Plant protein may be difficult for some people to digest because of it’s high fiber and anti-nutrient content. For others it may be a good alternative if you are intolerant to dairy. With plant protein it is especially important to find a high quality organic supplement to avoid toxic pesticide residue that can be found with conventionally grown plants.

It’s probably best for most to avoid soy altogether because it is an allergen for many people, highly sprayed, high in phytic acid (and anti-nutrient that steals minerals) and high in phytoestrogen compounds which can have a detrimental effect of hormone balance. **note: flax seed is even higher in phytoestrogens than soy.

My favorite choice in plant protein is hemp protein.

Collagen Peptides – Collagen is the most abundant protein in the body and helps give structure to our hair, skin, nails, bones, ligaments and tendons in our body. Collagen is a protein made up of amino-acids: glycine, proline, hydroxyproline, and arginine, all of which help our body’s connective tissue, skin, hair, nails, as well as gut health stay as healthy as possible. The high level of these amino acids make collagen different from whey or casein protein. Collagen peptides are dairy free and bioavailable so for most people are very easy to digest and absorb.

There are 3 types of collagen found in the body that are most common (type I, type II, and type III). All three types play critical roles in maintaining health. Type I is the most common and the strongest type. It is found mostly in skin, tendons, ligaments, and bones, but also found in teeth and the fluid that surrounds our cells. Type II is the main type of collagen found in cartilage, but it is also important for eye health. Type III collagen is critical for fibrous tissue in the muscles, intestines, and blood vessels. All three types of collagen or important and come from different sources. Bovine collagen from cows mostly contains type I and type III collagen, while chicken collagen contains mostly type II collagen. Collagen peptides can be a good choice for those looking to only moderately increase protein intake and also receive health benefits.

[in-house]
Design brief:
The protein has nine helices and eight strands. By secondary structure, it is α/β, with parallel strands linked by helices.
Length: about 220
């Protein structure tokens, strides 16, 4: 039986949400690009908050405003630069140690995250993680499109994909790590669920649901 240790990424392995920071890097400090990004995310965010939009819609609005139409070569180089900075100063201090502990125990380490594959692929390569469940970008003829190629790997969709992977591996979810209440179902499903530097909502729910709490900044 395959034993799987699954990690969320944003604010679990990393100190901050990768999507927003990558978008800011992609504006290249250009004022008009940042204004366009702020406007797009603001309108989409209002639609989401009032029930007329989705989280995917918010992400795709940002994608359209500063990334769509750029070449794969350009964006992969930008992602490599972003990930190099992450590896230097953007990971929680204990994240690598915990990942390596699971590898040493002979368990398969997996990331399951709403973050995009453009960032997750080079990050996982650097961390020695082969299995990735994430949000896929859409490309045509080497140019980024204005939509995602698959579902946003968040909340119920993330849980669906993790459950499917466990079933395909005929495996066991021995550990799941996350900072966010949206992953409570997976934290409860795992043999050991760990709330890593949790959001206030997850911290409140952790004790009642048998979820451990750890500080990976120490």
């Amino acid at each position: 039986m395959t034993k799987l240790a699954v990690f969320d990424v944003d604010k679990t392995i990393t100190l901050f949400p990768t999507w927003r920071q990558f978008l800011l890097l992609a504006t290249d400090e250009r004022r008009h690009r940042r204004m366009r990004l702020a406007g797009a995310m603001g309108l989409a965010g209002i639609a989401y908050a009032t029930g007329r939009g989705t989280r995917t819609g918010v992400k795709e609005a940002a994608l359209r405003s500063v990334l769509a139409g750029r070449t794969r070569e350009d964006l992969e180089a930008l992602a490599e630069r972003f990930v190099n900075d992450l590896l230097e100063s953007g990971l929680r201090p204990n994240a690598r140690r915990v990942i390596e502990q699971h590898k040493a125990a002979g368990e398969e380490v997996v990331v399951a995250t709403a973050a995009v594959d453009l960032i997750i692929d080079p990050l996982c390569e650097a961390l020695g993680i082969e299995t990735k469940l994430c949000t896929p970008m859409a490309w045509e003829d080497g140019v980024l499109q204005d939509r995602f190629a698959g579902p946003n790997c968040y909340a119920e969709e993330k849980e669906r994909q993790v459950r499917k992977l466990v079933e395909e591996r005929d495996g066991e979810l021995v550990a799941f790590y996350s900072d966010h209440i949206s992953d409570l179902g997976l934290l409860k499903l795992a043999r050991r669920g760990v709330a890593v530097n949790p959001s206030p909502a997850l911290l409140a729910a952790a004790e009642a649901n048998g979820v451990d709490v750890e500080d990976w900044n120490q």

My favorite collagen peptide supplement is Vital Protein Collagen Peptides.

Amino Acid supplements (BCAAs, EAAs) – BCAAs or Branch Chain Amino Acids are three essential amino acids leucine, isoleucine, and valine. BCAAs are known for reducing fatigue, enhance exercise performance, and speed up recovery. They have been shown to increase time to fatigue by 17.2%. Because BCAAs are already broken into amino acids they do not need to be broken down by the digestive system and can be absorbed immediately into the bloodstream and used by the muscle. While BCAAs provide some great performance benefits, they don’t directly increase muscle building because they are only 3 of the 9 essential amino acids.